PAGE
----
It is dangerous to stereotype and to allow our stereotypes make us believe others do not matter.

The U.S. Presidential election teaches us a powerful lesson about the need people have for the refuge of community. We all need to feel like we have a place in our community. Let me say that again. We ALL need to feel like we have a place in our community. This is true whether that community is a neighborhood, a city, a state, or an entire country. It is also true even when we consider micro-communities such as interest groups, sports teams, and places of worship.

Though I do not believe it is unique for our time, our world currently has many fractured communities in which some feel “in” and others feel “out.” Those who are “in” feel like the community is a refuge for them. Yet those who are “out” feel like their communities are not safe places for them. The young man from Florida has felt “out” of the U.S. community and the young woman in Toronto has felt “out” of the Canadian community. They remind me that as individuals we will be guarded and careful even as we seek the refuge of community for which we yearn. The U.S. election reminds me that when enough individuals who feel “out” of community finally come together they will disrupt the community and its systems. This is what I believe happened in the U.S. Presidential election. We experienced the disruption of people who have felt “out” of the national community coming together to re-establish it as a place of refuge for them.

The lesson of this U.S. Presidential election is a powerful one for those of us who work with communities. We must always be diligent to establish communities in which all can find and feel refuge. I know that is a very steep challenge; in fact, it may, in the end, be impossible. It looks impossible in the U.S. right now when one candidate, representing one vision of community, handily wins the Electoral College while the other candidate, with a very different vision of community, wins the popular vote by nearly three million. Nonetheless, we who work in community do so because we see a third way in which the whole community can come together to ensure a place where all can know and feel the refuge of community. Our unique gifts and abilities are needed now more than ever; and, so, our work continues.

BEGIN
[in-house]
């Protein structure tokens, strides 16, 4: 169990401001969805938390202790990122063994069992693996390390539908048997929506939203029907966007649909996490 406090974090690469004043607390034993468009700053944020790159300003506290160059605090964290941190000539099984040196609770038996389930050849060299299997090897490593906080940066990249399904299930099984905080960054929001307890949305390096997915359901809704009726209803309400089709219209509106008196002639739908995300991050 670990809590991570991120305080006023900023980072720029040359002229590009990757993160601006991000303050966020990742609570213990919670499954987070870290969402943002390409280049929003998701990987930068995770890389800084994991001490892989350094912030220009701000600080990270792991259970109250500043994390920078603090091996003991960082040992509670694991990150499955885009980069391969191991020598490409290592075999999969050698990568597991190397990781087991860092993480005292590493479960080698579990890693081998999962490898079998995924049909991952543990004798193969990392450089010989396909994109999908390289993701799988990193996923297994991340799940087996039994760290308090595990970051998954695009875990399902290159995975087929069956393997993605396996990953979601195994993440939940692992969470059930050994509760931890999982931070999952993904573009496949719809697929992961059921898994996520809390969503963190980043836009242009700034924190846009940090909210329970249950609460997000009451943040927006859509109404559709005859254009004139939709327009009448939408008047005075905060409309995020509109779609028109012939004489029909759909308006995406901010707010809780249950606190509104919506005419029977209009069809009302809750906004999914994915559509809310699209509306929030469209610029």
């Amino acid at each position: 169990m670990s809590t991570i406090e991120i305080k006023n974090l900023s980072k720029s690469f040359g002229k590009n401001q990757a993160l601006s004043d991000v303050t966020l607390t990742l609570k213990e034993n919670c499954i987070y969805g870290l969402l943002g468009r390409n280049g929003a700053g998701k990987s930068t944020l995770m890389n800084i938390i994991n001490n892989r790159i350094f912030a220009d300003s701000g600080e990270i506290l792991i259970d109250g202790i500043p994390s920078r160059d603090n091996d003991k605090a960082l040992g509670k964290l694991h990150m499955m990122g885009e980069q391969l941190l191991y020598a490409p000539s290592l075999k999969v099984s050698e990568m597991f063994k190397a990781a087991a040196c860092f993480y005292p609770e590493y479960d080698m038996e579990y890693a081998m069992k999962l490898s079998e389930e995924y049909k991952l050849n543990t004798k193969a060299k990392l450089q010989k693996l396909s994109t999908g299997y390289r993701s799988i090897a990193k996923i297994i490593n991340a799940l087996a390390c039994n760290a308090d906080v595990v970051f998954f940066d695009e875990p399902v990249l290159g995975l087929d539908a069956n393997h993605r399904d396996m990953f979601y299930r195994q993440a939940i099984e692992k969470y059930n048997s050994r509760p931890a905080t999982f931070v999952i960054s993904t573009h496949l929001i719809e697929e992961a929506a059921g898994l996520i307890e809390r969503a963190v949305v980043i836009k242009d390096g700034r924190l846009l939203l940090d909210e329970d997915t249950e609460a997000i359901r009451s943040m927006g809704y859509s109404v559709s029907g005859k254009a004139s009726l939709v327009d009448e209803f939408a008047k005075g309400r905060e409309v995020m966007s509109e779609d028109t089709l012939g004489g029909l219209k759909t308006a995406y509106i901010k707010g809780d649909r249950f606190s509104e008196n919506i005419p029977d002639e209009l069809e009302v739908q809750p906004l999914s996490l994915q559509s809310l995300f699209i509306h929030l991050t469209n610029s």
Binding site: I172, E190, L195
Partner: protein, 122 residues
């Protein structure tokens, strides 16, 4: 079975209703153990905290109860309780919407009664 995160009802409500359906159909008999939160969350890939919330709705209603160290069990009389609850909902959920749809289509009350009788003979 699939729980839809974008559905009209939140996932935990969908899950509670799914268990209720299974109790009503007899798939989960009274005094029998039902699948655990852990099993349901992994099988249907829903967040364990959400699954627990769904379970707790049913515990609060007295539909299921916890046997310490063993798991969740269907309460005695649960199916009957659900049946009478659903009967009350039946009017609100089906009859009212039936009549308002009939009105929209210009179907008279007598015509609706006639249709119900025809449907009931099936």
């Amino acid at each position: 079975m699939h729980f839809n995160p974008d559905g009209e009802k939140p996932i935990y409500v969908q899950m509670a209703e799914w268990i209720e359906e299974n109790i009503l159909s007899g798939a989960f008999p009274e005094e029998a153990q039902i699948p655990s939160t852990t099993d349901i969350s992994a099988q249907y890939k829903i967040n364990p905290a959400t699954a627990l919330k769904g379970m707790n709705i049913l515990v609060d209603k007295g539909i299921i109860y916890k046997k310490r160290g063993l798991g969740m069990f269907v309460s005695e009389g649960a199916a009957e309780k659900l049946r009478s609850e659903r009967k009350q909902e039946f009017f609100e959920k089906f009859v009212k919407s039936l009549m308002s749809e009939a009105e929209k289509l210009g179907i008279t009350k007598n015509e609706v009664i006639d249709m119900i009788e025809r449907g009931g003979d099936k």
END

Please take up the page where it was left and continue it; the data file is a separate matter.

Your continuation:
Be greater; Do good; Everyday.

Tom Klaus

Hey, What’s that Buzzing Sound?

A buzzing sound can mean many things. When I was a kid growing up on an Iowa farm, Bumble Beea buzzing sound usually meant bees were near by…typically a scary thing since I was pretty sure they had me in their tiny stinger sights. Ah, but there are buzzing sounds that are not at all scary and indicate good things are happening. I heard one just like that last week in Buffalo, New York.

It intrigues me that I can almost immediately distinguish the type of buzzing that is happening, even before I know the source or the cause. Last week in Buffalo there was definitely a strong, positive buzzing sound. It was the buzz of genuine participation.

For the past few months I have been working with a group of volunteers in the community who have come together to see what can be done about teen pregnancy in Buffalo. Last year the community was funded through the Office of Adolescent Health (U.S. Department of Health and Human Services) to replicate prevention programs and facilitate referrals to youth friendly health centers in an effort to reduce the teen pregnancy rate by 30% over the next five years. That is a tall order. The effort, known as the Buffalo Collaborative Community Initiative to Reduce Teen Pregnancy (BCC), is led by Cicatelli Associates Inc. (CAI Global). The BCC includes partnerships with key organizations and groups throughout the community, including the Erie County Department of Health, numerous community based organizations (CBOs), the faith community, and “just plain folks.”